Broilers Care

Birds Care



Caring Broilers
Broilers are young chicken of either sex of six to eight weeks of age, tender meat with soft, pliable, smooth-textured skin and flexible breast bone cartilage.

Provide 930 cm2 floor spaces per broiler chick. Provision must be made for adequate ventilation. The general management of broiler chicks is similar to those discussed under egg-type chicks.

Provide up to 2 weeks 5 cm and from 3 weeks to finish 10 cm linear feeder space per bird. Raise the level of the feeder as the birds grow. Do not fill the feeder more than half. If tube feeders are used, provide 3 nos. of 12 kg capacity feeders per 100 chicks.

Composition of broiler ration:

Ingredient Percentage inclusion
Starter (0-5 weeks) Finisher (6-7 weeks)
Yellow Maize 47.00 54.50
Rice polish 8.00 10.00
Soybean meal 17.50 14.00
Groundnut cake (expeller) 15.00 11.00
Unsalted dried fish 10.00 8.00
Mineral mixture 2.00 2.00
Salt 0.50 0.50
  100.00 100.00

Alternatively, commercial broiler starter and finisher rations prepared by reputed feed manufacturers can be given.


  • Provide for 100 chicks of 0-2 weeks – 2 x 2 litres capacity waterers.
  • 3 weeks to finish – 2 x 5 litres capacity waterers.
  • Ensure clean fresh water always.
  • Exercise extreme care and attention during the brooding period. If the losses in the first few days exceed 2%, carefully check the brooding management and get the post-mortem examination done.
  • Reduce brooder temperature every week by 3oC. When the brooder is removed provide one 40-watts bulb for every 250 broilers during the night.
  • To ascertain the approximate quantity of feed and water that 100 broilers consume per day, the following formula given will be useful.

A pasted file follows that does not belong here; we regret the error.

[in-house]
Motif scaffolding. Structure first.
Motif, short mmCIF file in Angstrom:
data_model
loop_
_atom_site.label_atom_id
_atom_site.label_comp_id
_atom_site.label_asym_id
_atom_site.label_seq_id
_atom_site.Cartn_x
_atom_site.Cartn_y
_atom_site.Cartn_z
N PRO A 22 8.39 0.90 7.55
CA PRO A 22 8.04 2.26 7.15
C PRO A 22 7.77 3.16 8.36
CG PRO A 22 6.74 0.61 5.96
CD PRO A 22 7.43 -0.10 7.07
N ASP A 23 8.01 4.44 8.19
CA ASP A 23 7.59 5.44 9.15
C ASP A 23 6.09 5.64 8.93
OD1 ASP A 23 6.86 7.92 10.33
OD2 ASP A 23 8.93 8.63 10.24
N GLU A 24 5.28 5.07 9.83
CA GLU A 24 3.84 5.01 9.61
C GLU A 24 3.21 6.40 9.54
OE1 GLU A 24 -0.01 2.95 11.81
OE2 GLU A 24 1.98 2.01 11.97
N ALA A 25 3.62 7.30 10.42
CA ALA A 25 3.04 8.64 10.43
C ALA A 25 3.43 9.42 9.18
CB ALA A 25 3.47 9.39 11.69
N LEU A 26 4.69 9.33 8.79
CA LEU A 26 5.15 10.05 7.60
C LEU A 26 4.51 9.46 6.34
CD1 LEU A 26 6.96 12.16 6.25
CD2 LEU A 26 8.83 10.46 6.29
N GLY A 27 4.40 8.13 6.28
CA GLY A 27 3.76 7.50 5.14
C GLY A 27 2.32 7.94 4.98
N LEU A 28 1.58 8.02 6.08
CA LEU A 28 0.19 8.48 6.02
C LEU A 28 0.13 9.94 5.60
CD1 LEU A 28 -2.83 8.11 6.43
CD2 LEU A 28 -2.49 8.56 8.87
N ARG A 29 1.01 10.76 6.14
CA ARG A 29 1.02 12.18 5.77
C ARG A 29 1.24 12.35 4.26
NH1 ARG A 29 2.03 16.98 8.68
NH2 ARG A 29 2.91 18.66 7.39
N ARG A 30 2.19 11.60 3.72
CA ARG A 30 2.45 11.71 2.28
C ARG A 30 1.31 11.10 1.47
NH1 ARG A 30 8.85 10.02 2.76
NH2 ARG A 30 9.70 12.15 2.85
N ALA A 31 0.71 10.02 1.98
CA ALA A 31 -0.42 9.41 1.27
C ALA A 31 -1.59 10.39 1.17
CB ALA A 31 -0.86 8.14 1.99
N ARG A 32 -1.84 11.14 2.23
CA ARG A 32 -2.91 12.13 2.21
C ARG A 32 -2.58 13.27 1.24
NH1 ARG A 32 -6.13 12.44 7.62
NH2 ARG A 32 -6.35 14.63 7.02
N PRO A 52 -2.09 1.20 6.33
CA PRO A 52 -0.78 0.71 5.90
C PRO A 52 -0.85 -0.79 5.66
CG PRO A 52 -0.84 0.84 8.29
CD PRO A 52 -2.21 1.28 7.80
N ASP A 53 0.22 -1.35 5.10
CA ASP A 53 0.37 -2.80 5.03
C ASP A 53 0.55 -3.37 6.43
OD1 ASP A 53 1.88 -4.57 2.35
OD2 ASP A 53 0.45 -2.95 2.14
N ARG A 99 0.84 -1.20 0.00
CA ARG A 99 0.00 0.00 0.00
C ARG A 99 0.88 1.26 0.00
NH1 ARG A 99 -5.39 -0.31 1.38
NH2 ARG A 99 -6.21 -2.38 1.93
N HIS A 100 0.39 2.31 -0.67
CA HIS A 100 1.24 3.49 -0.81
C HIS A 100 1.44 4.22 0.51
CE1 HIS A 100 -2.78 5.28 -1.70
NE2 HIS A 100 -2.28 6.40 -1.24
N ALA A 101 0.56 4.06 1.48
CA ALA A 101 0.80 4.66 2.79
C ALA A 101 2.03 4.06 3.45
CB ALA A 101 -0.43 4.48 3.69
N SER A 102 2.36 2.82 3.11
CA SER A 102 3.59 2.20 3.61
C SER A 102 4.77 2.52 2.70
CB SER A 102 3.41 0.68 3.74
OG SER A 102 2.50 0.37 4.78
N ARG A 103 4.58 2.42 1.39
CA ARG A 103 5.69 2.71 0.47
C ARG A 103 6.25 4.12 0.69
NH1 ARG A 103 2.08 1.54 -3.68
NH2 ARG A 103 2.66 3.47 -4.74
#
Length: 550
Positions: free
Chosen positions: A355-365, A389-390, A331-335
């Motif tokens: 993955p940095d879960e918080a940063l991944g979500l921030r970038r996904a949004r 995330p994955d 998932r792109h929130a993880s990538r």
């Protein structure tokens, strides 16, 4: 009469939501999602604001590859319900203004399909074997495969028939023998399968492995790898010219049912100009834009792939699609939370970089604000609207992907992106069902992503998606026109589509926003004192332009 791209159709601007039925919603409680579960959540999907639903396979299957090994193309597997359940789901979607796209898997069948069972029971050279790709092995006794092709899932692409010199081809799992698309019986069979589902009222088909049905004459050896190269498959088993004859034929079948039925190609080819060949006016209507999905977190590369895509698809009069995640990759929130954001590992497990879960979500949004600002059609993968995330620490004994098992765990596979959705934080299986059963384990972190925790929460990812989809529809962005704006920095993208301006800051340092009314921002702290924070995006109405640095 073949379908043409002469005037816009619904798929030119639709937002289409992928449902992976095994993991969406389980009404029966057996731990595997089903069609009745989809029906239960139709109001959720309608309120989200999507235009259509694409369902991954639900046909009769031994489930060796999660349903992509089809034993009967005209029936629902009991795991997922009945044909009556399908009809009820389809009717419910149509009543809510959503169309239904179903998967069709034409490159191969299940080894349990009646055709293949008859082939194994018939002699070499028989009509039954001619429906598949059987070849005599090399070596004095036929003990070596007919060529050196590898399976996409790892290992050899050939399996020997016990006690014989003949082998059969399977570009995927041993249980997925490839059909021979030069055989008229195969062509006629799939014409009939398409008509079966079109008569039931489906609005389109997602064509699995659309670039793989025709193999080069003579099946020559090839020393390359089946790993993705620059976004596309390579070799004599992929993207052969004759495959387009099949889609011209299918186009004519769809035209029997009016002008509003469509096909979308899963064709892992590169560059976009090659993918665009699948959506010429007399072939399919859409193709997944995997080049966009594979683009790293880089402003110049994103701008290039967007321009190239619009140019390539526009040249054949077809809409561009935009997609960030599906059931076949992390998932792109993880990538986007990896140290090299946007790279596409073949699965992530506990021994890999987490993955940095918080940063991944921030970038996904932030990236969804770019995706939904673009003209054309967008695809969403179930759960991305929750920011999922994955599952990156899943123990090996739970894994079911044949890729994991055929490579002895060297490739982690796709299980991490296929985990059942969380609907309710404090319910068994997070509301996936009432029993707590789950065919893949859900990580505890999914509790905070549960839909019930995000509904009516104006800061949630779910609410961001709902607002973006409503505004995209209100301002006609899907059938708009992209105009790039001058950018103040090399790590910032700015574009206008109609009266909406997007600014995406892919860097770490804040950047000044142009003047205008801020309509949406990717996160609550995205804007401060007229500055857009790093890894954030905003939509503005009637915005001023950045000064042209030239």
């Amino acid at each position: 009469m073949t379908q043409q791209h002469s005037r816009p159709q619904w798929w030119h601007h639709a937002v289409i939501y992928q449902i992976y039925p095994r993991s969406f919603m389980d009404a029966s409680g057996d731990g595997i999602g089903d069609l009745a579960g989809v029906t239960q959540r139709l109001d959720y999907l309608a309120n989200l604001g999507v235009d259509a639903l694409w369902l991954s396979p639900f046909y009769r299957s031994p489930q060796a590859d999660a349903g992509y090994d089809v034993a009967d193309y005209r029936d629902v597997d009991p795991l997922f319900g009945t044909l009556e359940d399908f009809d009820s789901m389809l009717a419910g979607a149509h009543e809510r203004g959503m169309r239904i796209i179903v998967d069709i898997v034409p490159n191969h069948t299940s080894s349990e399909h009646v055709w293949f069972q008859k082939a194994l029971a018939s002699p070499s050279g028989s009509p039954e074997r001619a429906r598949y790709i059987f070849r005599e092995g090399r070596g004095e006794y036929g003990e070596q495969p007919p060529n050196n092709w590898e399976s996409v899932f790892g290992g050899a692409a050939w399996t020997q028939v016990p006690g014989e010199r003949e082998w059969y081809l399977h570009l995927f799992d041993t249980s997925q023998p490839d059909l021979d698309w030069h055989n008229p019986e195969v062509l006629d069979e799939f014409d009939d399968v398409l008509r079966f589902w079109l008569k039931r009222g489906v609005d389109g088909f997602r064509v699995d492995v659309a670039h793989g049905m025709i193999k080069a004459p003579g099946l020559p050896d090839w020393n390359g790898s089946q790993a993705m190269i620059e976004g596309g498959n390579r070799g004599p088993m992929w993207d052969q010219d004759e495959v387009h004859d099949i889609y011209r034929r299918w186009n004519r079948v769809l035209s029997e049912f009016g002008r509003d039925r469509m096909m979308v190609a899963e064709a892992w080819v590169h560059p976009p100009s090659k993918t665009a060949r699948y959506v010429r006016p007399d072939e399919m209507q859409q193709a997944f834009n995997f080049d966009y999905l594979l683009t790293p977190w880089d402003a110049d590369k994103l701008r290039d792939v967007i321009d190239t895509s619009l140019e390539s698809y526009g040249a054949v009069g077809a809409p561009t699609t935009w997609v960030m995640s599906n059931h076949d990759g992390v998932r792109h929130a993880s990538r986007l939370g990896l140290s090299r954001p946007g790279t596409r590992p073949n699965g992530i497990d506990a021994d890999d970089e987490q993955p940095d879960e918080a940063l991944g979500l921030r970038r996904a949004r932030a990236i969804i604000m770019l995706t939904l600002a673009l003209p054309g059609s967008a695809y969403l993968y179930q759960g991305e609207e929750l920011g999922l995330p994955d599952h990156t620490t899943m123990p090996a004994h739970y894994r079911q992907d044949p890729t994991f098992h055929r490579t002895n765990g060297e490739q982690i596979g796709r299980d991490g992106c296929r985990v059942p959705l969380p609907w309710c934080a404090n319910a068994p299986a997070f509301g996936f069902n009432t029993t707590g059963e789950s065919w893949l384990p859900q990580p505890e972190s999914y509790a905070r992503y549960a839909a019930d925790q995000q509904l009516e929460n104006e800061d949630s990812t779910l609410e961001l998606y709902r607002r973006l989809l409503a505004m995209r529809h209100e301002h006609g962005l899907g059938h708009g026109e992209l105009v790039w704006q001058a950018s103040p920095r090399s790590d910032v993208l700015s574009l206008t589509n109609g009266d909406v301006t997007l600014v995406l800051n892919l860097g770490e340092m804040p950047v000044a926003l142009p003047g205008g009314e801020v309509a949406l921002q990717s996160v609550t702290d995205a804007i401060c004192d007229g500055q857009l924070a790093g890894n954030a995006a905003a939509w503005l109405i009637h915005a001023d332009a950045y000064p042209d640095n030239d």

• Kg feed per 100 birds – Age in days/4.4
    • Litres of water per 100 birds – Age in days/2.0
  • The above formula will give approximate figures under average conditions. Depending on the season of the year, there is likely to be variations in the range of 5-10%.

Watering of Chicks

Vaccination programme for broiler chicken

Age Disease Vaccine Route
0-5 days RD Lasota or F vaccine Occulonasal
10-14 days IBD IBD Live Drinking water
24-28 days IBD   Drinking water



Production of Hatching Eggs
If hatching eggs are to be produced, cockerels have to be maintained. Rear at the rate of 15 cockerels per 100 pullets, cull- down to 12 cockerels at 10 weeks of age. For mating, provide one cock for 10-15 pullets of light breeds and 6-8 pullets of heavy breeds. Collect hatching eggs two weeks after the introduction of males.

Gather hatching eggs 3 to 4 times a day. In hot or cold season increase the frequency of collections. As soon as the eggs are collected, store them at a temperature between 10 and 16oC with a relative humidity of 70 – 80%. Select eggs for hatching that meet the weight requirement and that are normal in shape, colour and texture. While storing and transporting hatching eggs, keep them with broad end up and handle the eggs very gently. If possible either set the eggs for incubation or market hatching eggs twice a week. Never hold hatching eggs for more than one week under ordinary conditions of storage.

Hatching conditions
The incubation period of a chicken egg is 21 days. For successful hatching, eggs require specific conditions of temperature, turning and ventilation.


Specific conditions for hatching 

Temperature 1-18 days
19-21 days
37.5 – 37.8oC
36.9 –37.5oC
Humidity 60% up to 18 days 70% thereafter
Turning Once every 4 hours up to 18 days   –
Ventilation 1-18 days
19-21 days
8 changes/hour